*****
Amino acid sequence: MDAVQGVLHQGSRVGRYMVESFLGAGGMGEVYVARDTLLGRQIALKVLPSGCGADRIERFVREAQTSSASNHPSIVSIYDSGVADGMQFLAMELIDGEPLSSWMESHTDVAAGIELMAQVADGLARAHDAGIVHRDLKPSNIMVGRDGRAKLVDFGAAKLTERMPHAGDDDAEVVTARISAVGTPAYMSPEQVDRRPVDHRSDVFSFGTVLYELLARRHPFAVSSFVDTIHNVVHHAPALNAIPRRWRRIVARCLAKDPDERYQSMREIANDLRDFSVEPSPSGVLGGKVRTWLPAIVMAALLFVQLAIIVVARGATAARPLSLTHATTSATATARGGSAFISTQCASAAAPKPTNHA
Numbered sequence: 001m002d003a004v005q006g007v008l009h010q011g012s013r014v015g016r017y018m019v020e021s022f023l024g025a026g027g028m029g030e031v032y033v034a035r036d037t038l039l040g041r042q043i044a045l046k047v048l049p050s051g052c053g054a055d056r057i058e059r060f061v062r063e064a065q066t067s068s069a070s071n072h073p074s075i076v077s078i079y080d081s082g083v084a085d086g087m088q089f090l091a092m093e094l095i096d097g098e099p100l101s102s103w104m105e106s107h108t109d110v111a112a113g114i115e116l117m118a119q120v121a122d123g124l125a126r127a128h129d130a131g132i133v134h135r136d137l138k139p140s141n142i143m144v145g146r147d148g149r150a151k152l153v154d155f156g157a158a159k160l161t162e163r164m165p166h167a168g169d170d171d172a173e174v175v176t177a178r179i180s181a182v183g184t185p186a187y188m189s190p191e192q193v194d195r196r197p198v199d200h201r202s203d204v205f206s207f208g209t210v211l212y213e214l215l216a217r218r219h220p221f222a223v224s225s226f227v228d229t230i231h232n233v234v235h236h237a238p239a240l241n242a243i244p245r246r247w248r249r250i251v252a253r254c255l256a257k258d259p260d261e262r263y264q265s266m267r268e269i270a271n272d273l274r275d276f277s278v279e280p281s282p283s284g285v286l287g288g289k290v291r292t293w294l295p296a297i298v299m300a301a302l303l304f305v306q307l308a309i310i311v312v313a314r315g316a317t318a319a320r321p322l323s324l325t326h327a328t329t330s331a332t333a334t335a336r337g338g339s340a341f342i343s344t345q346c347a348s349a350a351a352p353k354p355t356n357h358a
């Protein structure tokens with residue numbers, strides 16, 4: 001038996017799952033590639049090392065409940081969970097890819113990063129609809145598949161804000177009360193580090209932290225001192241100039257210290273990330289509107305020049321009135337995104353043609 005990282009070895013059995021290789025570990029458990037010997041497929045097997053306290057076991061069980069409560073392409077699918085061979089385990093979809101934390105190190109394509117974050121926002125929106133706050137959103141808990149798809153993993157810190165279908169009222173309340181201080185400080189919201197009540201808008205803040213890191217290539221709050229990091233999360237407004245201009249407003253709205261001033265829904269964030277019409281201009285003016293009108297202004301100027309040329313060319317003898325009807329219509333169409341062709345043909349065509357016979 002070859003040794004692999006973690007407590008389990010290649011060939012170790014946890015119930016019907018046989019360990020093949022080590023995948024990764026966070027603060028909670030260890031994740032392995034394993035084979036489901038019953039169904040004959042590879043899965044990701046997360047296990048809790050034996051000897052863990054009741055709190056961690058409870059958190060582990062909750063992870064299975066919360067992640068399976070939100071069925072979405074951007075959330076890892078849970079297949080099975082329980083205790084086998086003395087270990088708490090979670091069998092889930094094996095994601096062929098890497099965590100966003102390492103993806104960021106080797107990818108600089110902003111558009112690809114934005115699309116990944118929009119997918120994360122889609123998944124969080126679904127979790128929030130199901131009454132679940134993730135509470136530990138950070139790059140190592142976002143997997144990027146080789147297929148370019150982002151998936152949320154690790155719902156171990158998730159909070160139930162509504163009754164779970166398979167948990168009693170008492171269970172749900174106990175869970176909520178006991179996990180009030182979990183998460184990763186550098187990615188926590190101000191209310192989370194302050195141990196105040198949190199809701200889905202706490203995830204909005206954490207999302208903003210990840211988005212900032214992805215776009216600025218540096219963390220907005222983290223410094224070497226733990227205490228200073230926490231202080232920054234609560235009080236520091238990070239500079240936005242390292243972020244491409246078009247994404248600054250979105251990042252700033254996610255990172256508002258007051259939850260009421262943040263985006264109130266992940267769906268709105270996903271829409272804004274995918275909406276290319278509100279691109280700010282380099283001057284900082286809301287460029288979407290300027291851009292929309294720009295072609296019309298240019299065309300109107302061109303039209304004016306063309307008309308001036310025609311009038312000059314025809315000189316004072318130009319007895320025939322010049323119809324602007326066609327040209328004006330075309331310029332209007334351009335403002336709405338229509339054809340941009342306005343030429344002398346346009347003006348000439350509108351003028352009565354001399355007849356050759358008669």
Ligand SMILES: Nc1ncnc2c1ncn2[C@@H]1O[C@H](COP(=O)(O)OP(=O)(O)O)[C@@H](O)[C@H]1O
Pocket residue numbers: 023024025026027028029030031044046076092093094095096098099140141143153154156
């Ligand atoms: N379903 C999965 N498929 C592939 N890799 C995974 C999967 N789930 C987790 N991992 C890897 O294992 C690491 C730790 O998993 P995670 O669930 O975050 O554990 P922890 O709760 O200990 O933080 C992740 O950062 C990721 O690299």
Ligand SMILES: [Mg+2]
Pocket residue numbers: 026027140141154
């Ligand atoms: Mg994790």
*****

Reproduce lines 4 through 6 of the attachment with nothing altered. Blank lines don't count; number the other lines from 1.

Ligand SMILES: Nc1ncnc2c1ncn2[C@@H]1O[C@H](COP(=O)(O)OP(=O)(O)O)[C@@H](O)[C@H]1O
Pocket residue numbers: 023024025026027028029030031044046076092093094095096098099140141143153154156
């Ligand atoms: N379903 C999965 N498929 C592939 N890799 C995974 C999967 N789930 C987790 N991992 C890897 O294992 C690491 C730790 O998993 P995670 O669930 O975050 O554990 P922890 O709760 O200990 O933080 C992740 O950062 C990721 O690299």